Financial watchdogs say they are "baffled" by proposals to build a new Library of Birmingham for £193 million and have warned the high-profile project could turn out to be a financial disaster on a par with the Scottish Parliament.
Members of the city council audit committee said they were far from convinced by the business case for the Centenary Square library and doubted whether the scheme could be delivered on time and on budget.
Critics likened the library to the Scottish Parliament in Edinburgh, where costs soared from £50 million at the planning stage to £414 million by the time the building was occupied.
Mick Wilkes, who when head of the council's scrutiny unit oversaw a damning report into plans for a split site library, said he could not see how the financial estimates for the Centenary Square project added up.
Coun Wilkes (Lib Dem Hall Green) said: "As things stand at the moment, we have no design for this building, no architect and no project manager and it is due to open in six years.
"Yet we are quite specific about costs. This is a point that gives me a little bit of bafflement."
While accepting the need to demolish the existing Central Library in Paradise Forum, which he described as a dysfunctional building, Coun Wilkes said he was far from happy with the proposed replacement.
He warned a promise by the council's leadership to underwrite the cost of the new library could have serious implications for services if the project ran heavily over budget. Other spending priorities could be squeezed if additional funding for the library had to be identified, he said.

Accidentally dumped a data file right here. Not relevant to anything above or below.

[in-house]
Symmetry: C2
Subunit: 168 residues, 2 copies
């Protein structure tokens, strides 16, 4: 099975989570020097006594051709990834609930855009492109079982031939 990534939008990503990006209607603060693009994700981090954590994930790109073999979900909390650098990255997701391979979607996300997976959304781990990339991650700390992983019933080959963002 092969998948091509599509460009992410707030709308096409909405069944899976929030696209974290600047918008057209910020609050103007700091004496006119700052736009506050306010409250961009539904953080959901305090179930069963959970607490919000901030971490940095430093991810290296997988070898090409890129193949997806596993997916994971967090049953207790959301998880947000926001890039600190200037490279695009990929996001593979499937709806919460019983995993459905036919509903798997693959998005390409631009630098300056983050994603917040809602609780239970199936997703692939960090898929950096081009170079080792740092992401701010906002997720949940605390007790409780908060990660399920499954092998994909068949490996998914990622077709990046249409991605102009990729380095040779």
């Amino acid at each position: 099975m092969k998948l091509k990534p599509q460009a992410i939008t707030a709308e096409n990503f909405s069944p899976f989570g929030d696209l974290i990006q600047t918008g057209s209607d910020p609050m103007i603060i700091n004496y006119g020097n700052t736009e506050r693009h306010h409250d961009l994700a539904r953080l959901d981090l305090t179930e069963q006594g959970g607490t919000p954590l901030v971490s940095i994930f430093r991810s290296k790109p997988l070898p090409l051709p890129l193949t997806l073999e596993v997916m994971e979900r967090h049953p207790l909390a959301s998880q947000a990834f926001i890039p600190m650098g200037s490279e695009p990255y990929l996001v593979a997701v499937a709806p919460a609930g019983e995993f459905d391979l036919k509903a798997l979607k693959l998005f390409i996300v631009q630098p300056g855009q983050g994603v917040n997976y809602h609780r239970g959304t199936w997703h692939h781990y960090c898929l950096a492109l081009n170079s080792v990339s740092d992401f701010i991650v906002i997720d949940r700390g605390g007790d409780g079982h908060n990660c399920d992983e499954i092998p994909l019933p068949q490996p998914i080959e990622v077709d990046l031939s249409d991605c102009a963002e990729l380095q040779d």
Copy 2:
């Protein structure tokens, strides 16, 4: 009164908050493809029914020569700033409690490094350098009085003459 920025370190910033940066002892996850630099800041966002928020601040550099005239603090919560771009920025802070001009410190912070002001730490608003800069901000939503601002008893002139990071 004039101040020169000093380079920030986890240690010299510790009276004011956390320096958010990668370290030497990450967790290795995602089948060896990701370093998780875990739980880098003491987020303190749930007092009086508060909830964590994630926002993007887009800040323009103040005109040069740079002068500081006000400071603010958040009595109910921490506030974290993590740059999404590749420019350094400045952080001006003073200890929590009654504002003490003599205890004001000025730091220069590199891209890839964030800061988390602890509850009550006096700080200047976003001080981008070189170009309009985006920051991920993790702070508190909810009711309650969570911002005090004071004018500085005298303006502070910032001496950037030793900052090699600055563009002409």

"It is a bit much to call this a business case. It is a very poor piece of work," Coun Wilkes added.
Committee member Carl Rice said the launch of the library project last month by council leader Mike Whitby was based on speculative costings.
Coun Rice (Lab Ladywood) added: "I bet this is precisely how the Scottish Parliament started off. I can just see Scottish MPs standing around having this sort of discussion. There is no detailed plan, there is no detailed proposal, it is just aspirational."
The council Labour group believes Centenary Square is the wrong place for the library and would prefer Eastside.
Coun Rice said as many as 10,000 people a day were likely to use the library, which would remain open until 8pm. A clash with revellers using the Broad Street entertainment zone was inevitable, he warned.
"I worry about the logistics of having all these people using the library at the start of the busiest entertainment street in the UK. We will be accused of sour grapes, but it would have been far better to put the library at Eastside," Coun Rice added.
Councillor Kath Grundy (Lab Kingstanding) was concerned that by borrowing £99 million to help fund the library the council would put at risk the remainder of the capital programme. "We are already at maximum borrowing levels now," she warned.
A project manager responsible for overseeing the library is expected to be appointed next month.
Leaders of the council's Conservative-Liberal Democrat coalition insist the finances are sound. Half of the total cost, £99 million, will be met from borrowing, with a further £60 million coming from land sales. A £39 million shortfall is expected to be made up by a combination of grants and private sector contributions, or will be under-written by the council if no other way of acquiring the money can be found.
A spokesman for Coun Whitby said the council leader did not wish to comment on the audit committee's concerns.
Earlier this month Coun Whitby defended the financial calculations after a scrutiny committee member said the library business case appeared to have been "drawn on the back of a beer mat". He said delivering the library would be a priority for the council and he had no doubt that the building would open on time in 2013.
Describing criticism as "facile", Coun Whitby said cost estimates were drawn up by "professional people whose reputations go before them".